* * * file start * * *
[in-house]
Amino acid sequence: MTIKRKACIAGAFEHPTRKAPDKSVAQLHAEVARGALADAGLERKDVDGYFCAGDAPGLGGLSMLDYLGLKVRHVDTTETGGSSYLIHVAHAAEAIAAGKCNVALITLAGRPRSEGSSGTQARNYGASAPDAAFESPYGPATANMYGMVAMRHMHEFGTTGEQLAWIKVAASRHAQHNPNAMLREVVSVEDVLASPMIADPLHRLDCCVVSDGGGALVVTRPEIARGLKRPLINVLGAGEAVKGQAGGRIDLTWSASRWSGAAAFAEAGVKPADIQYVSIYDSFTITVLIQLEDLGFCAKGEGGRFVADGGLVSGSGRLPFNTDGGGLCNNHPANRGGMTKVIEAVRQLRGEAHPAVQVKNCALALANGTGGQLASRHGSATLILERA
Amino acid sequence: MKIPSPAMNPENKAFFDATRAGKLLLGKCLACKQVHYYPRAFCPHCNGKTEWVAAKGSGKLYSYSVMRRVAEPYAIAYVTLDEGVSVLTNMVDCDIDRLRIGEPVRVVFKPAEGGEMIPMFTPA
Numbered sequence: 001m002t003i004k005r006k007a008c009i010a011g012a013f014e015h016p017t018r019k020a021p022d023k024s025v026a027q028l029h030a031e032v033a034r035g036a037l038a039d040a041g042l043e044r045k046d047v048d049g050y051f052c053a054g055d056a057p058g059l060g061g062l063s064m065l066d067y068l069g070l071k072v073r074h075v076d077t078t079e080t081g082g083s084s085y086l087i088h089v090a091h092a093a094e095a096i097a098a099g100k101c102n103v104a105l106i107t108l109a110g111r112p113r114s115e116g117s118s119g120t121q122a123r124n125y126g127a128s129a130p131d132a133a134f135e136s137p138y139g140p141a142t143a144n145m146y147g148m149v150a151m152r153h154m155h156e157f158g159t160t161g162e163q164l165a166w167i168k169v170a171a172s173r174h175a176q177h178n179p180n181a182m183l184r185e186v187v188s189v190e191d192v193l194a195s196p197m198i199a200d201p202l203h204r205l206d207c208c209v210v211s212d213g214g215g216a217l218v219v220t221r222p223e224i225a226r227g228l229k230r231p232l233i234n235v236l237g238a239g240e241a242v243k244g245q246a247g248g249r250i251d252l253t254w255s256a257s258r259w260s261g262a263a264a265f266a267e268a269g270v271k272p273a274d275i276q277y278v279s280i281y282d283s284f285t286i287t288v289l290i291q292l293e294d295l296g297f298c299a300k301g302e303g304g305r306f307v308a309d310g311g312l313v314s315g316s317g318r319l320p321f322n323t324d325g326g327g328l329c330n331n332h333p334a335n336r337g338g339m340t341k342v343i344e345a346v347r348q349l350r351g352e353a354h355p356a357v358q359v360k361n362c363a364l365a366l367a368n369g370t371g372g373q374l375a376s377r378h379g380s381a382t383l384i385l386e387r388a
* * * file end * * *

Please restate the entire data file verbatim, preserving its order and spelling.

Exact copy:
[in-house]
Amino acid sequence: MTIKRKACIAGAFEHPTRKAPDKSVAQLHAEVARGALADAGLERKDVDGYFCAGDAPGLGGLSMLDYLGLKVRHVDTTETGGSSYLIHVAHAAEAIAAGKCNVALITLAGRPRSEGSSGTQARNYGASAPDAAFESPYGPATANMYGMVAMRHMHEFGTTGEQLAWIKVAASRHAQHNPNAMLREVVSVEDVLASPMIADPLHRLDCCVVSDGGGALVVTRPEIARGLKRPLINVLGAGEAVKGQAGGRIDLTWSASRWSGAAAFAEAGVKPADIQYVSIYDSFTITVLIQLEDLGFCAKGEGGRFVADGGLVSGSGRLPFNTDGGGLCNNHPANRGGMTKVIEAVRQLRGEAHPAVQVKNCALALANGTGGQLASRHGSATLILERA
Amino acid sequence: MKIPSPAMNPENKAFFDATRAGKLLLGKCLACKQVHYYPRAFCPHCNGKTEWVAAKGSGKLYSYSVMRRVAEPYAIAYVTLDEGVSVLTNMVDCDIDRLRIGEPVRVVFKPAEGGEMIPMFTPA
Numbered sequence: 001m002t003i004k005r006k007a008c009i010a011g012a013f014e015h016p017t018r019k020a021p022d023k024s025v026a027q028l029h030a031e032v033a034r035g036a037l038a039d040a041g042l043e044r045k046d047v048d049g050y051f052c053a054g055d056a057p058g059l060g061g062l063s064m065l066d067y068l069g070l071k072v073r074h075v076d077t078t079e080t081g082g083s084s085y086l087i088h089v090a091h092a093a094e095a096i097a098a099g100k101c102n103v104a105l106i107t108l109a110g111r112p113r114s115e116g117s118s119g120t121q122a123r124n125y126g127a128s129a130p131d132a133a134f135e136s137p138y139g140p141a142t143a144n145m146y147g148m149v150a151m152r153h154m155h156e157f158g159t160t161g162e163q164l165a166w167i168k169v170a171a172s173r174h175a176q177h178n179p180n181a182m183l184r185e186v187v188s189v190e191d192v193l194a195s196p197m198i199a200d201p202l203h204r205l206d207c208c209v210v211s212d213g214g215g216a217l218v219v220t221r222p223e224i225a226r227g228l229k230r231p232l233i234n235v236l237g238a239g240e241a242v243k244g245q246a247g248g249r250i251d252l253t254w255s256a257s258r259w260s261g262a263a264a265f266a267e268a269g270v271k272p273a274d275i276q277y278v279s280i281y282d283s284f285t286i287t288v289l290i291q292l293e294d295l296g297f298c299a300k301g302e303g304g305r306f307v308a309d310g311g312l313v314s315g316s317g318r319l320p321f322n323t324d325g326g327g328l329c330n331n332h333p334a335n336r337g338g339m340t341k342v343i344e345a346v347r348q349l350r351g352e353a354h355p356a357v358q359v360k361n362c363a364l365a366l367a368n369g370t371g372g373q374l375a376s377r378h379g380s381a382t383l384i385l386e387r388a